“We are extraordinarily sorry that Larry Nassar was on our campus and has hurt so many people. The university is engaged in — and investing in — an intense reform and cultural change effort to ensure that Michigan State University is a safe campus for students, faculty, staff and our community,” MSU spokeswoman Emily Guerrant said in a statement.

“Today’s announcement shows that the attorney general’s office has found no criminal conduct beyond those formerly charged, even after reviewing more than a half million documents and interviewing 500 people,” she continued. “We appreciate the attorney general’s investigation and the hard work of the many people involved.”

Larry Nassar

Forsyth acknowledged that the president of a university is ultimately responsible for what happens on its campus, but said former Republican governor and current MSU interim president John Engler likely has nothing to do with shielding any information. He blamed MSU’s legal department, instead.

The investigator declined to offer any details about ongoing prosecutions against former MSU president Lou Anna Simon and other university employees, stating that the court proceedings are ongoing. As in any case, the accused are presumed innocent until proven guilty, he said.

The team has reviewed a half-million pages of documents MSU turned over to the attorney general’s office. But many of them were “irrelevant” to the probe, the report said.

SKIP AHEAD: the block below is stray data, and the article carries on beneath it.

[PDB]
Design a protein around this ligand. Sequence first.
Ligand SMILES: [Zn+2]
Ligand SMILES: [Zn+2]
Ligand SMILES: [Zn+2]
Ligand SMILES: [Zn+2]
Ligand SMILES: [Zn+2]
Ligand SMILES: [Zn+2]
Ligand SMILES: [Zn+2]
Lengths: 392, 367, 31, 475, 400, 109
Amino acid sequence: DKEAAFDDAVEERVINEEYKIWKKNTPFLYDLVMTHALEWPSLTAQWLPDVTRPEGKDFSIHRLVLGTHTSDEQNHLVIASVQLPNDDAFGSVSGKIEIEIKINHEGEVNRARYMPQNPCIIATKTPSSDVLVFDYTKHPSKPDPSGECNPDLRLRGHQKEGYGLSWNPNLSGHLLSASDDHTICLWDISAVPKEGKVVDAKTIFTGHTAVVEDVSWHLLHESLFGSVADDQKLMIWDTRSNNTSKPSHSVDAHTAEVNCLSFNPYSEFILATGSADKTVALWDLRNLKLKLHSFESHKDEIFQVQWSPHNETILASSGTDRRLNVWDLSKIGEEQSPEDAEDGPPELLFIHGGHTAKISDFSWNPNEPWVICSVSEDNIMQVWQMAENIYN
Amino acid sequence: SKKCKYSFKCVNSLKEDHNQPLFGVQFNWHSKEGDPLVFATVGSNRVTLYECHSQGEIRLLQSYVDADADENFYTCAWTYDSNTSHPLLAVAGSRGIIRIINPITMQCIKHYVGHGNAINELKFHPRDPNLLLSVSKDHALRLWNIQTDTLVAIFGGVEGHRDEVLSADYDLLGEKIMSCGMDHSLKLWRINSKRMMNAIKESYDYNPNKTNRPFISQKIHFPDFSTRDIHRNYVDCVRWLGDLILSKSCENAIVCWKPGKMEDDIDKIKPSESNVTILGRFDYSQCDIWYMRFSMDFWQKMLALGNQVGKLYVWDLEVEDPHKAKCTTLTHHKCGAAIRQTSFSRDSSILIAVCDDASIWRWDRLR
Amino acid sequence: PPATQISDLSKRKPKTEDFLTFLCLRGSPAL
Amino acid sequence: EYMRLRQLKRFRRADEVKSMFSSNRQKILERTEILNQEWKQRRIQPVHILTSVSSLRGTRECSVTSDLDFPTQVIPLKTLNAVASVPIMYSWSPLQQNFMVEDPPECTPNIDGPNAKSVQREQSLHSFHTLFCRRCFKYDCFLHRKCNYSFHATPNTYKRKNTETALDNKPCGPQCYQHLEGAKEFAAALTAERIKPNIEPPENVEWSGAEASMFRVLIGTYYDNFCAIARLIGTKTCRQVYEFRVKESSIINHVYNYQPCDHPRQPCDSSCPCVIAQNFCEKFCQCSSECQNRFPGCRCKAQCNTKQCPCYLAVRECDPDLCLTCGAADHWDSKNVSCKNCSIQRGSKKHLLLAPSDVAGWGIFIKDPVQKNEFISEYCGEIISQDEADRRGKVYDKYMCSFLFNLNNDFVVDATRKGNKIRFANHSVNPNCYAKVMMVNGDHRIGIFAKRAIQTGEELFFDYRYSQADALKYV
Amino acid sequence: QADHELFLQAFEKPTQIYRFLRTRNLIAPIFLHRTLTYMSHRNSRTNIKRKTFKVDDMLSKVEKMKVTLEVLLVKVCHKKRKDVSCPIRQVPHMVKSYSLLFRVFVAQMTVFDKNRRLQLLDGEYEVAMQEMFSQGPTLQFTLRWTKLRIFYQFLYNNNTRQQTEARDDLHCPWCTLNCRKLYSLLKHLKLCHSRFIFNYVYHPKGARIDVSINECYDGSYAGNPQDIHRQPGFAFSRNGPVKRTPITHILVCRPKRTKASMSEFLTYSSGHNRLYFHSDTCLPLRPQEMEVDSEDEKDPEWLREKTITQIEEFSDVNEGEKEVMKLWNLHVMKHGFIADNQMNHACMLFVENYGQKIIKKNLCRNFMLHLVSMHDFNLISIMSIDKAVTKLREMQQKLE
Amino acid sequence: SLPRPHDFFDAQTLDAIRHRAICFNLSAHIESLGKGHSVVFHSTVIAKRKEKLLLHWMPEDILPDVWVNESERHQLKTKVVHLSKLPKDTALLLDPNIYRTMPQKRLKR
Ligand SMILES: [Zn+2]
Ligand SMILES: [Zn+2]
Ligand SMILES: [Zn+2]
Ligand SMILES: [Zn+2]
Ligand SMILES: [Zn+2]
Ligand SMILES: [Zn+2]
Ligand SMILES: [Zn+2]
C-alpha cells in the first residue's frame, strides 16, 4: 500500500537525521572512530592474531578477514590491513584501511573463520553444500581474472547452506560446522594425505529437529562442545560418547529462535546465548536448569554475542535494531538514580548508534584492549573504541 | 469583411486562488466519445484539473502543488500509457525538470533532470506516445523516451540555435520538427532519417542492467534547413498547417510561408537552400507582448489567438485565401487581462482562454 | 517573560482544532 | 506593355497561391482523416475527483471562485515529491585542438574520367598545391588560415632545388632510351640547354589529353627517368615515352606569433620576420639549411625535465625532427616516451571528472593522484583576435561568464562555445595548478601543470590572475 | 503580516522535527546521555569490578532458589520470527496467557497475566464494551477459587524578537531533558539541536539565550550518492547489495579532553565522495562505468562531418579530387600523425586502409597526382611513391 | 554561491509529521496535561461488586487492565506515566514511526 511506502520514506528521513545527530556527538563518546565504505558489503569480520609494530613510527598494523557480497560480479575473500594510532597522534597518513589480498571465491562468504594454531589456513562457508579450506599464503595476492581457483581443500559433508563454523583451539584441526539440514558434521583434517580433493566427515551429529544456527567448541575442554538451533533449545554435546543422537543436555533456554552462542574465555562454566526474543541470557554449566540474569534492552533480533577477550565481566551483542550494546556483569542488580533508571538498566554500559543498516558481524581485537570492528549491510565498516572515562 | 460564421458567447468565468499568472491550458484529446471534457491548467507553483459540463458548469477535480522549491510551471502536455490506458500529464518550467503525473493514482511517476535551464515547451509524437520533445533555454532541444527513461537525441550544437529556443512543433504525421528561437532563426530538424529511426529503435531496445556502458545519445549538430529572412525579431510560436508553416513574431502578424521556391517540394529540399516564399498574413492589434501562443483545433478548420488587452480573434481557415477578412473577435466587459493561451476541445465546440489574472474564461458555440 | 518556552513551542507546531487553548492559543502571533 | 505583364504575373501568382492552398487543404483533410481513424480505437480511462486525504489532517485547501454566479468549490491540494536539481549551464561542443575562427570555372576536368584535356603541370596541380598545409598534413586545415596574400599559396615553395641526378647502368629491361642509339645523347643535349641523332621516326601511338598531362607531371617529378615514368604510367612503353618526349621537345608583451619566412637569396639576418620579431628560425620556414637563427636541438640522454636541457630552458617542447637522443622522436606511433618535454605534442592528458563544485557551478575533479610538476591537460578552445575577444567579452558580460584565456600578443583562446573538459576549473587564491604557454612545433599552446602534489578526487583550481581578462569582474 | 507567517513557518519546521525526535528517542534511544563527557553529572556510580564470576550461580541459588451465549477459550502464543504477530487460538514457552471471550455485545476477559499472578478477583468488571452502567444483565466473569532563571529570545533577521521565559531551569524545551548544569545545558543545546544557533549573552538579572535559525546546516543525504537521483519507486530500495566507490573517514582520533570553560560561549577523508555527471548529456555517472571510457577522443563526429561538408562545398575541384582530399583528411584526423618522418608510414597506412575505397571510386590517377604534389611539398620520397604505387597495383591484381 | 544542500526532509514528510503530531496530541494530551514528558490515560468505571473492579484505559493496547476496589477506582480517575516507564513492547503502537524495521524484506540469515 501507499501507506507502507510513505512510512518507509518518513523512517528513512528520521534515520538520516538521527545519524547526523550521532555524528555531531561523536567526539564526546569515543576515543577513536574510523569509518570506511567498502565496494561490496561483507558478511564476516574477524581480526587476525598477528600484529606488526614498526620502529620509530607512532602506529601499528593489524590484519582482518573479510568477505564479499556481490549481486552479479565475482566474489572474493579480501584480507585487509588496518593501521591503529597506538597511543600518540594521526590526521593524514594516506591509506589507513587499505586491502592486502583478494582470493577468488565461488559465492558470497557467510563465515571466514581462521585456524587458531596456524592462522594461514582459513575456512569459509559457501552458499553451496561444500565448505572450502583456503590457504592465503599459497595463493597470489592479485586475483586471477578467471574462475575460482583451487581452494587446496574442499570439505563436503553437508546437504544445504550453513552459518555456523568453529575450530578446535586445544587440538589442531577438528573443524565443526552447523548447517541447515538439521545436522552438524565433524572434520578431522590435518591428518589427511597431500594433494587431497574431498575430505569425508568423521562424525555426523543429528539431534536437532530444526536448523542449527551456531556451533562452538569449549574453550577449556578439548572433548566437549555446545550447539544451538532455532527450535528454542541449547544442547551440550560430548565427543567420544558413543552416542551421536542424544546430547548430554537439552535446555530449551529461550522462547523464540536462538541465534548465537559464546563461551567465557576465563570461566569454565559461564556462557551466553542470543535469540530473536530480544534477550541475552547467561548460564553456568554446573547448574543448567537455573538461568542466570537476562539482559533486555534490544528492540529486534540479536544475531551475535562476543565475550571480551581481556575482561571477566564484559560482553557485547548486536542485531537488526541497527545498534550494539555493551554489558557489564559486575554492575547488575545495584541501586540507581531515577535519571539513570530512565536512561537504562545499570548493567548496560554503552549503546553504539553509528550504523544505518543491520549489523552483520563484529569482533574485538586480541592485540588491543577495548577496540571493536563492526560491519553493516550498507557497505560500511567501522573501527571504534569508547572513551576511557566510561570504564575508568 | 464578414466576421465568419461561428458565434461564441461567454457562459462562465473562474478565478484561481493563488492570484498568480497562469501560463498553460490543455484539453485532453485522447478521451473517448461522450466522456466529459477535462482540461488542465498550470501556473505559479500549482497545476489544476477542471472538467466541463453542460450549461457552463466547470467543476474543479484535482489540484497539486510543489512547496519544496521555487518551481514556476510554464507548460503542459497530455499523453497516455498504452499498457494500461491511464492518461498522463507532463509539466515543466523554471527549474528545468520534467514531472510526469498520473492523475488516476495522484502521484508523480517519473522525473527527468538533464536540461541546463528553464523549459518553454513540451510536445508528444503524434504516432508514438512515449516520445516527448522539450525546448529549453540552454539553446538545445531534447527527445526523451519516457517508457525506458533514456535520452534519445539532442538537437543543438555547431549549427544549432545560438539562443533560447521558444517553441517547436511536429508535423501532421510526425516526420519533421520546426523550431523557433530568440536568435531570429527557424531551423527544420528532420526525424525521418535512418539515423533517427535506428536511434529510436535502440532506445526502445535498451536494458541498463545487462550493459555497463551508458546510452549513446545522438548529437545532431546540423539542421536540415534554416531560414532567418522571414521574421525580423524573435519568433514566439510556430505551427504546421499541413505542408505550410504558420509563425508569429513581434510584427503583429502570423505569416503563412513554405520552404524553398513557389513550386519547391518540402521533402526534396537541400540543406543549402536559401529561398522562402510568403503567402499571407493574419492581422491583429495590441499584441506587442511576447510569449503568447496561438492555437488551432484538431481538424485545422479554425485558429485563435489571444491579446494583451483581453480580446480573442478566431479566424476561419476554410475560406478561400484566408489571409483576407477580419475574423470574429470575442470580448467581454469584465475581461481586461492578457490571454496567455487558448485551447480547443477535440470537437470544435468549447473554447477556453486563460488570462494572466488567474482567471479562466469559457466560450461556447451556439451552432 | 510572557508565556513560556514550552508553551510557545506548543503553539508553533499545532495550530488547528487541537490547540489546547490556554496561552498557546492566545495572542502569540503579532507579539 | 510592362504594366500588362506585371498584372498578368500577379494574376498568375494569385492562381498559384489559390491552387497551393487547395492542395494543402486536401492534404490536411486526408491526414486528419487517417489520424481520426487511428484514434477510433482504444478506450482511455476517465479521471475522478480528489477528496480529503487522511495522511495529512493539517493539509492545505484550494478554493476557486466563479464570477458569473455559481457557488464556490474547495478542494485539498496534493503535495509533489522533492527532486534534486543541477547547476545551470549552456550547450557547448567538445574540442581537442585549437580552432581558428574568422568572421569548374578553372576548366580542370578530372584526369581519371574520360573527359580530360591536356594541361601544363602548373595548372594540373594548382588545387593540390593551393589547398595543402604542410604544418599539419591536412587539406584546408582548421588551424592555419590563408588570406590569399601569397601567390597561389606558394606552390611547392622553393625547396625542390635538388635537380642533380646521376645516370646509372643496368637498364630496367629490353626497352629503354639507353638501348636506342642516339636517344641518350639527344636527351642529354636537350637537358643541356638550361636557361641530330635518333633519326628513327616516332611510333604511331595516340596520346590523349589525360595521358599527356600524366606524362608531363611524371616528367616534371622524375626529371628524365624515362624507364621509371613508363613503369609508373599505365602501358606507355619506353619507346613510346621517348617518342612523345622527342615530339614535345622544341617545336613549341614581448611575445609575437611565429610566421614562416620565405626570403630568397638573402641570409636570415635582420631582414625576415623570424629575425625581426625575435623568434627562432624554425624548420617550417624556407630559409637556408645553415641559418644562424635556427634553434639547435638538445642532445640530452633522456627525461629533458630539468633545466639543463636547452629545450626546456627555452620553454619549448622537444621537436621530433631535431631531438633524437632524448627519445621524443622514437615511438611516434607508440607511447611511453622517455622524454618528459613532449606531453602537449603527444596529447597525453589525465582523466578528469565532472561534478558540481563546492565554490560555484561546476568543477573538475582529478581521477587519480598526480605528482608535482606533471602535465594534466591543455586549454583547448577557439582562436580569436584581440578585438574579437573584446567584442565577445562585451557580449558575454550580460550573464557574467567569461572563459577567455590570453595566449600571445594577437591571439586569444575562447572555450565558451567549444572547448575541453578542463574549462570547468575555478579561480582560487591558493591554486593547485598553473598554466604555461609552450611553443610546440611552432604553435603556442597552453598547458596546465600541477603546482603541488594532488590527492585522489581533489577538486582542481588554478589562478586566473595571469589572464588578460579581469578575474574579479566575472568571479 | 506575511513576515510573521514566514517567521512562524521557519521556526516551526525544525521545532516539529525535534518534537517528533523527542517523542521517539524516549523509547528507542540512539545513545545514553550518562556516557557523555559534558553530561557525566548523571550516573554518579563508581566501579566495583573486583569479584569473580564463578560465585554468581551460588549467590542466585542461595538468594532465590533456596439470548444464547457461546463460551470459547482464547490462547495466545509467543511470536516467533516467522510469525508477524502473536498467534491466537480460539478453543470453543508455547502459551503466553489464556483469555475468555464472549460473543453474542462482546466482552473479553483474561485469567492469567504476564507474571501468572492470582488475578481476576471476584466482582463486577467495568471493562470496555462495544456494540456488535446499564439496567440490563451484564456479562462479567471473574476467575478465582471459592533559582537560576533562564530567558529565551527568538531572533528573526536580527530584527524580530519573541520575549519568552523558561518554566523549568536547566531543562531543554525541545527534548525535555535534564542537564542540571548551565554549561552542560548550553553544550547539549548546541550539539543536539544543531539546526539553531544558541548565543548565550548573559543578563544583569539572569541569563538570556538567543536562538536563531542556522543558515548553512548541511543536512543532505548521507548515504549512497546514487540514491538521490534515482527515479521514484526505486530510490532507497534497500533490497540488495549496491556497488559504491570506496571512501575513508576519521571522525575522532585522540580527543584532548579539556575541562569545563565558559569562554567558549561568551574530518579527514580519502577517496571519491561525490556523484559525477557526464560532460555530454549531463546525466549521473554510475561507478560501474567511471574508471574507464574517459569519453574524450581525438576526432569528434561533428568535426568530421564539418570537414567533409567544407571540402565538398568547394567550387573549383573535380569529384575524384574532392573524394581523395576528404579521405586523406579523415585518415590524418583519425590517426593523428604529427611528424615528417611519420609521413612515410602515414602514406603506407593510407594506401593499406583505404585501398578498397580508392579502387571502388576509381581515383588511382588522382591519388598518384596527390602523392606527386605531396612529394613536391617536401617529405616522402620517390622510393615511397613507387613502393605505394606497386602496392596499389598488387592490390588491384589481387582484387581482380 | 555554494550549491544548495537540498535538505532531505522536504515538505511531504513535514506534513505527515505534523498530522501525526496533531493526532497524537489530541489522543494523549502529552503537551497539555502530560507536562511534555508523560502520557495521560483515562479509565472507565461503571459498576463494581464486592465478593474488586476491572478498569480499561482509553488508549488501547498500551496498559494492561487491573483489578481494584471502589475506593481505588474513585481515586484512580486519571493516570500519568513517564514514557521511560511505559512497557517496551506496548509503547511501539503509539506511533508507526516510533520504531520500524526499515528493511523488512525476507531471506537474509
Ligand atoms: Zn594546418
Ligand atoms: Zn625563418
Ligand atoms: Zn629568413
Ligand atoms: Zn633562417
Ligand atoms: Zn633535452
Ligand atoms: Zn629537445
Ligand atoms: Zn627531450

MSU pledged to be cooperative with the AG probe after the university asked Schuette’s office in January 2018 to open an investigation that could shed light on how Nassar got away with decades of sexual abuse under the pretense of legitimate medical treatment.

Lou Anna Simon

“Don’t say that you’re gonna cooperate with the investigation and then take that position,” Forsyth said. “It’s made it extremely difficult.”

At least two people who knew of the former university gymnastics doctor’s abuse still work at the university, Forsyth also revealed today. Both were athletics trainers. Forsyth also said that after Nassar’s prosecution they’ve learned of 50 more women and girls who had been abused.

In total, Nassar sexually assaulted more than 280 young girls, according to the attorney general’s office.

Schuette’s office charged Nassar with 10 counts of criminal sexual misconduct. An Ingham County judge handed Nassar a lifetime in prison after a federal judge previously gave him 60 years in federal prison for possessing some 37,000 images of child pornography.